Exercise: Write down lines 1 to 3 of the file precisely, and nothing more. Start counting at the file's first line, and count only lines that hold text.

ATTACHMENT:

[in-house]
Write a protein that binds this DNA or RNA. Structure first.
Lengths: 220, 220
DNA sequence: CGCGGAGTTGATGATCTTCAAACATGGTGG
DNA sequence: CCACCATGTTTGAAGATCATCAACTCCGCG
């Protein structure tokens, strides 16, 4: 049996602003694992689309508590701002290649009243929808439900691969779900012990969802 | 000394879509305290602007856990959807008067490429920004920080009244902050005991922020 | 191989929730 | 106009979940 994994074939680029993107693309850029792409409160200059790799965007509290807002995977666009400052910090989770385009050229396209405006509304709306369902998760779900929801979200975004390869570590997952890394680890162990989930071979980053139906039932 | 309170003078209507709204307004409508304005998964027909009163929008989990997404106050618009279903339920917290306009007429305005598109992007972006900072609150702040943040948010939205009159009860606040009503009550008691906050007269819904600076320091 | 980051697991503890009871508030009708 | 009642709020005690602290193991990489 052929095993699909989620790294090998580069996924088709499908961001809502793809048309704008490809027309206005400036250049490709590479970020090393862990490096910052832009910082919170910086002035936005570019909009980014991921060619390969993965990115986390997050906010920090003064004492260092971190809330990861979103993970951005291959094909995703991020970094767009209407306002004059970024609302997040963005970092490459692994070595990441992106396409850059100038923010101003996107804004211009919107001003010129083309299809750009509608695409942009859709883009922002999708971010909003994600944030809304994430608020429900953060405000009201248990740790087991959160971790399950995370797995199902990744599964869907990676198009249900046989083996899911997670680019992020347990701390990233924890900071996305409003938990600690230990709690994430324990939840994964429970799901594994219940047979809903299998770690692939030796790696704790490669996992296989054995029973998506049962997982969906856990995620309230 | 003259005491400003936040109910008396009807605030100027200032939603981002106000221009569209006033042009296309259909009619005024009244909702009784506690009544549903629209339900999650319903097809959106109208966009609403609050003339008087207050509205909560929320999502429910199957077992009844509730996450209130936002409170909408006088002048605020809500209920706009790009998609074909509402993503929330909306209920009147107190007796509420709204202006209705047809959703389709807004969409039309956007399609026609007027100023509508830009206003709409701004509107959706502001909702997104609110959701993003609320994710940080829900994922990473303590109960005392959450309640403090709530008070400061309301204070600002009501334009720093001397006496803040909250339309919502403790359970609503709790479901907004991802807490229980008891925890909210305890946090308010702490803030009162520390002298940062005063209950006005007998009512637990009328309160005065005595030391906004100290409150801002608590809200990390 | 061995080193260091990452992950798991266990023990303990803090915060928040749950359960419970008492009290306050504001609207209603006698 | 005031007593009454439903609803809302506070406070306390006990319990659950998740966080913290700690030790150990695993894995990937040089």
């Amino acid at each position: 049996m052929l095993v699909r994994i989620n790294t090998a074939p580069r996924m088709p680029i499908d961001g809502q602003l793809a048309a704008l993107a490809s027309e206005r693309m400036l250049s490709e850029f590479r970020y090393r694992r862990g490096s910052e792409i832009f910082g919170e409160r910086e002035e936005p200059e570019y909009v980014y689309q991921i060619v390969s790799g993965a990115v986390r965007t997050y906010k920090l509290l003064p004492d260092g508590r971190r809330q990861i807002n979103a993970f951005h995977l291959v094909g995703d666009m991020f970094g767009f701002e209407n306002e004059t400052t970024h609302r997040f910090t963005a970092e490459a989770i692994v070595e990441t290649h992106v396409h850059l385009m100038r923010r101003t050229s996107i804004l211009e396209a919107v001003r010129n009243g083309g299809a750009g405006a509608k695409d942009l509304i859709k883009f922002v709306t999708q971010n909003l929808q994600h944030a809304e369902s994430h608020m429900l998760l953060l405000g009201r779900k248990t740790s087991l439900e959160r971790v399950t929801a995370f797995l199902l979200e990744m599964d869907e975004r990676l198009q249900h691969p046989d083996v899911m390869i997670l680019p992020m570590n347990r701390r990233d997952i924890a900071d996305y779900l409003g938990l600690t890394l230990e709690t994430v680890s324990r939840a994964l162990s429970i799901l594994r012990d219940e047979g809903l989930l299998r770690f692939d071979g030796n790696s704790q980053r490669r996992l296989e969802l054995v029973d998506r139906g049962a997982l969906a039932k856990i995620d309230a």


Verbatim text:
[in-house]
Write a protein that binds this DNA or RNA. Structure first.
Lengths: 220, 220